Secondly, there was no need to keep that law, since it was not being applied.

Thirdly, many jurisdictions in the world had repealed the law because there was evidence that capital punishment did not in any way prevent crime.

Fourthly, the justification for the death penalty was based on the Old Testament mantra of “an eye for an eye, and a tooth for a tooth” while Jesus Christ in the New Testament preached forgiveness, which formed the basis for repealing the death penalty.

Finally, with the discovery of new forensic methods, it had been found out that many people who were executed and others on the death roll (sic) in the United States and other parts of the world, should not have been given such punishment because new scientific evidence had proved them innocent.

Mr. Mills mentioned the execution of armed robbers during “the Rawlings regime” and rhetorically asked, “Did we clear the armed robbers from the system?”

He stated further that the essence of punishment was to deter people from committing crime and rehabilitate those found guilty of crime. Once more he posed the rhetorical question whether capital punishment would prevent the reasons that led to the commission of crime.

The GBA President then launched into sociology, claiming that social, economic and other factors led to the commission of crime and, consequently, people would commit crime as long as those factors existed.

I have referred extensively to the GBA President's views for a good reason. On the same front page of the same issue of the Graphic is the lead news with the arresting headline, “AWFUL” The sub-headline reads “Father robbed, 2 children gang-raped.”

The father-victim, thoughtfully unnamed by the Graphic, was attacked in his own home and robbed of valuable items, including laptops, mobile phones and an amount of GH¢500.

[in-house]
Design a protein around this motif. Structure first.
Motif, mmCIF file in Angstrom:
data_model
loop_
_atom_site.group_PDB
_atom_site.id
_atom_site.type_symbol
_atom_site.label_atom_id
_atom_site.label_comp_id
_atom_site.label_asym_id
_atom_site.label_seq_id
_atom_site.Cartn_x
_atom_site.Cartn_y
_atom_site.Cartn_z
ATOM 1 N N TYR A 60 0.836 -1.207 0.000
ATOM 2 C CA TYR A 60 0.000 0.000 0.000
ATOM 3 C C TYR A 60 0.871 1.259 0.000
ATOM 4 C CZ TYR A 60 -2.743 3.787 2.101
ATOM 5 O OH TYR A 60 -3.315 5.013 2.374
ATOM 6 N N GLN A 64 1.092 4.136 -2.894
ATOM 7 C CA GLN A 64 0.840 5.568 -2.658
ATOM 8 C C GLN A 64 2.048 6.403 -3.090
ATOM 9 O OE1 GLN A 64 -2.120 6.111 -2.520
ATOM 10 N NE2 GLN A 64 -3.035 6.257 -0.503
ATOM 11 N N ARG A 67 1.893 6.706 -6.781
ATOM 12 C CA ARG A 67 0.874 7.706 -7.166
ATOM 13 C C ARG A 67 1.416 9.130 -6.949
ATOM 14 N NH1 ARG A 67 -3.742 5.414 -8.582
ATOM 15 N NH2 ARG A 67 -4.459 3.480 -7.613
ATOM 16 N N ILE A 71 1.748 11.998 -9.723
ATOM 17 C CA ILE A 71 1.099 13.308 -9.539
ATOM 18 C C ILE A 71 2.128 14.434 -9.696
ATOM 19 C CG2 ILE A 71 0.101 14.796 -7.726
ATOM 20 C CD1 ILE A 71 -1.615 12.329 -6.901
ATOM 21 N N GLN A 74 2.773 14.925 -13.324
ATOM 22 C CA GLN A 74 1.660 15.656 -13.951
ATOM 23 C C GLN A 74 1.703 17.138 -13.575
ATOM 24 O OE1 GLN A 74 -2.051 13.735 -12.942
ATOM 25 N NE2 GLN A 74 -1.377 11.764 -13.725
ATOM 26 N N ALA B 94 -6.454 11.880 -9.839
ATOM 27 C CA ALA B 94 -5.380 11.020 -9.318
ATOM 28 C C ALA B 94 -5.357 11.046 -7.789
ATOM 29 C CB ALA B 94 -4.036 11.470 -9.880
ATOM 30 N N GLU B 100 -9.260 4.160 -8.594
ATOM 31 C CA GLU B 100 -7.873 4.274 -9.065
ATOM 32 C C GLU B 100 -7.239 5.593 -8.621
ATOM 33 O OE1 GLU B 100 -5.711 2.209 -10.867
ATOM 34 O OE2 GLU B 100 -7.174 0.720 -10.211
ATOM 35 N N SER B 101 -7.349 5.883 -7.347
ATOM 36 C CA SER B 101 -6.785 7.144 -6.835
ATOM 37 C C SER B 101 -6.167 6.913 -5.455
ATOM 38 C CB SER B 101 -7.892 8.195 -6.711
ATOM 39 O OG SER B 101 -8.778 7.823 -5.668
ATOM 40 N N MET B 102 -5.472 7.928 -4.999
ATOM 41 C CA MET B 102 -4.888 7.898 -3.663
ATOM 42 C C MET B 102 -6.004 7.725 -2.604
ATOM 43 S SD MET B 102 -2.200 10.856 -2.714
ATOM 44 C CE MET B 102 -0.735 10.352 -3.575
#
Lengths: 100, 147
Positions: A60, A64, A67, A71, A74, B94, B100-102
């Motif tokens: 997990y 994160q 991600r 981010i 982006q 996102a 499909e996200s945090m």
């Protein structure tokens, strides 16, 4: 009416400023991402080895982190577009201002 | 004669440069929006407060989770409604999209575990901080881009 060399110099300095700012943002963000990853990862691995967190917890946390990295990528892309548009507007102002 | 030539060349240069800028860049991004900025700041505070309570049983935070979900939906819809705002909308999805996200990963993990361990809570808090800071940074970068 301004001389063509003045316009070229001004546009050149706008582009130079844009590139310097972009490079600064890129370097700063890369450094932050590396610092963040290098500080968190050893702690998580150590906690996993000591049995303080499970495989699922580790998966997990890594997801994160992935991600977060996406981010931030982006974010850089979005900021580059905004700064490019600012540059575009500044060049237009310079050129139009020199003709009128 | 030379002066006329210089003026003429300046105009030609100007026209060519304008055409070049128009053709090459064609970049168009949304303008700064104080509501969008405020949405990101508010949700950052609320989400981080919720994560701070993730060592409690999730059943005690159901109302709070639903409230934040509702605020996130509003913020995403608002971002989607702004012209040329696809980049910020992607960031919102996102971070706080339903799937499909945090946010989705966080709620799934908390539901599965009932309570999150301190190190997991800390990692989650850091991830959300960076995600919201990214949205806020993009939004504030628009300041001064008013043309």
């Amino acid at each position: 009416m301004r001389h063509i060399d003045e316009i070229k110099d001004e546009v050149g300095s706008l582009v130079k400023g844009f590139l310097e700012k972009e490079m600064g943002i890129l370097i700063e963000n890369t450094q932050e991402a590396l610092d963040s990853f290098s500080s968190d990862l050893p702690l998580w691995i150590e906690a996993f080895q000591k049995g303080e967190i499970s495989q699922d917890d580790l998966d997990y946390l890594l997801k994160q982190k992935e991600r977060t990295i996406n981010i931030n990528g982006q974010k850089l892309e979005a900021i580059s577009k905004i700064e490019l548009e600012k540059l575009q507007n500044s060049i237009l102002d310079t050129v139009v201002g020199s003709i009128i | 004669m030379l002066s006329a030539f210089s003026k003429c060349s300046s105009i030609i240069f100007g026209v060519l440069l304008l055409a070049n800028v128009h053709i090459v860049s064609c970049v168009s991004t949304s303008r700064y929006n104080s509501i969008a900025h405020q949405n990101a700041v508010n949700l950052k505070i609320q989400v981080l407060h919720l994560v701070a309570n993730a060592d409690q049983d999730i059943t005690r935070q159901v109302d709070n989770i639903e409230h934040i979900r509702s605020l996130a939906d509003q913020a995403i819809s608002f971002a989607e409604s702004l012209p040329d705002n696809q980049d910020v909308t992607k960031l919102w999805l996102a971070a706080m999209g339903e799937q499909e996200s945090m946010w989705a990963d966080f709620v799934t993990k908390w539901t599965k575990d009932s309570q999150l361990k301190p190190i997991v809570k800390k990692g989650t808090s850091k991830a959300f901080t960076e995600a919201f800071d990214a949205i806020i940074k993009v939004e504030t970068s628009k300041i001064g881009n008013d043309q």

The robbers, numbering six (6), attacked and locked up five boys in the house, gang-raped the man's two daughters aged 20 and 22, and using a shovel, critically wounded the father on his head, hands and legs. The third daughter escaped rape because she fainted on coming out of her room and seeing the robbers.

Perhaps Mr. Nii Osah Mills' deep sociological knowledge tells him that those armed robbers did what they did because they had no jobs, or because they had no other way of satisfying their sexual urge, or because it was their nature which they could do nothing about, or that society had driven them to a life of crime which involved attacking their fellow human beings.
Without meaning to sound insulting, sarcastic, disrespectful or impertinent, I can only hope and pray that what happened to Madam Rebecca Obeng or to the unnamed father and his unfortunate children will NOT (repeat, NOT) happen to Mr. Mills or any member of his family.

When caught, those armed robbers and rapists would deserve the death penalty. Apart from the physical and psychological wounds inflicted on the father and his children, who knows whether the young women might not be infested with the HIV/AIDS disease or other sexually transmitted diseases as a result of the horrifying rape?
Violent criminals do not deserve sympathy.

Ghanaian Chronicle
Ghanaian Chronicle, © 2008

The author has 1023 publications published on Modern Ghana.Column: GhanaianChronicle